Let's say you're a large German bank with a history of murky financial dealings, Russian money laundering, and generous lending chief creditor to an American president who has been accused of murky financial dealings with Russian money launderers. You have been asked by some congressional opponents of that president to hand over confidential documents pertaining to the president's loans. You have two options:
a) Comply with the entirely voluntary request, incensing a POTUS who has both a famously refined taste for exacting revenge and a fair amount of leverage to exert; or
b) Tell them to bugger off.
It took awhile, but our large German bank did indeed go with the logical choice here, option (b), and told Democrats led by Maxine Waters that, much as they'd like to insert themselves into a growing constitutional crisis, they've got better things to do right now.
But the Dems aren't going to be dissuaded by mere logic. In a response to the response sent Wednesday, Waters et al argue that Deutsche Bank's state rationale – that federal law prohibits banks from sharing confidential client info with a “government authority” – doesn't really apply to Congress, which (who knew) isn't considered a government authority. In a gratuitous bit of shade, the Dems even note that one of the two lawyers Deutsche Bank has dispatched – Steven Ross of Akin Gump – has apparently made this exact argument in the past:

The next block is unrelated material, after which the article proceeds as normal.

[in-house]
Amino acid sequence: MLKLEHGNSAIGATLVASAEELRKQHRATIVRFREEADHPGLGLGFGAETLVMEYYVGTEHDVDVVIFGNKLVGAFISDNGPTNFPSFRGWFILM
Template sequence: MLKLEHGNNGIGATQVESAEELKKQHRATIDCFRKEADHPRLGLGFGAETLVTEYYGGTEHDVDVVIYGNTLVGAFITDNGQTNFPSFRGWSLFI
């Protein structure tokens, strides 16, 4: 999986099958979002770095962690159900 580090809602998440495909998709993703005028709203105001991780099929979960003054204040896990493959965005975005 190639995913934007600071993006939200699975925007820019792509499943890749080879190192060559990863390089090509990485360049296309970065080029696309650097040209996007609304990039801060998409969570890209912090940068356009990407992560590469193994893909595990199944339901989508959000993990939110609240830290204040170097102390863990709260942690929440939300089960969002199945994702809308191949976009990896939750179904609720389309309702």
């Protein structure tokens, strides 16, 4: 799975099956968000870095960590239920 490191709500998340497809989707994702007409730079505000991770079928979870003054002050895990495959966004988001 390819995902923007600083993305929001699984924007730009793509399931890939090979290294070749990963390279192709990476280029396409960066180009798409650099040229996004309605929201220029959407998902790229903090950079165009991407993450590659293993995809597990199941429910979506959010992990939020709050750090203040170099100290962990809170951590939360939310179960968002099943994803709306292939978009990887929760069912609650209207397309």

Interestingly, Mr. Ross, in a 2012 article you and several colleagues wrote, you anticipate that Congress may raise this point with counsel when requesting information from financial institutions...
In a final rhetorical flourish, the letter suggests that maybe Deutsche Bank could sort this whole thing out by just politely asking the Donald if they could maybe kind of publicize his loan info for all the world to see:
...any liability concerns stemming from disclosure of the President’s and his family members’ nonpublic personal information can be alleviated if your client simply asks the President and his relatives for their consent to disclose. Given President Trump’s repeated assertions that he does not have ties to Russia, such disclosure would ostensibly be in his interest.
“Hi, Mr. Trump? It's John Cryan ... Yes, from Deutsche Bank. Listen, Donald, we really love being the only bank who lends you money, and you are truly a valued customer ... Yes, maybe even the best customer ... Very rich, yes, but listen, since you're our best and richest customer, we were hoping you wouldn't mind if we, uh, gave all your confidential loan documents to congressional Democrats in order to further an investigation they're doing with the express intention of using it to impeach you. That wouldn't be a problem now, would it ...? Hello...? Hello?”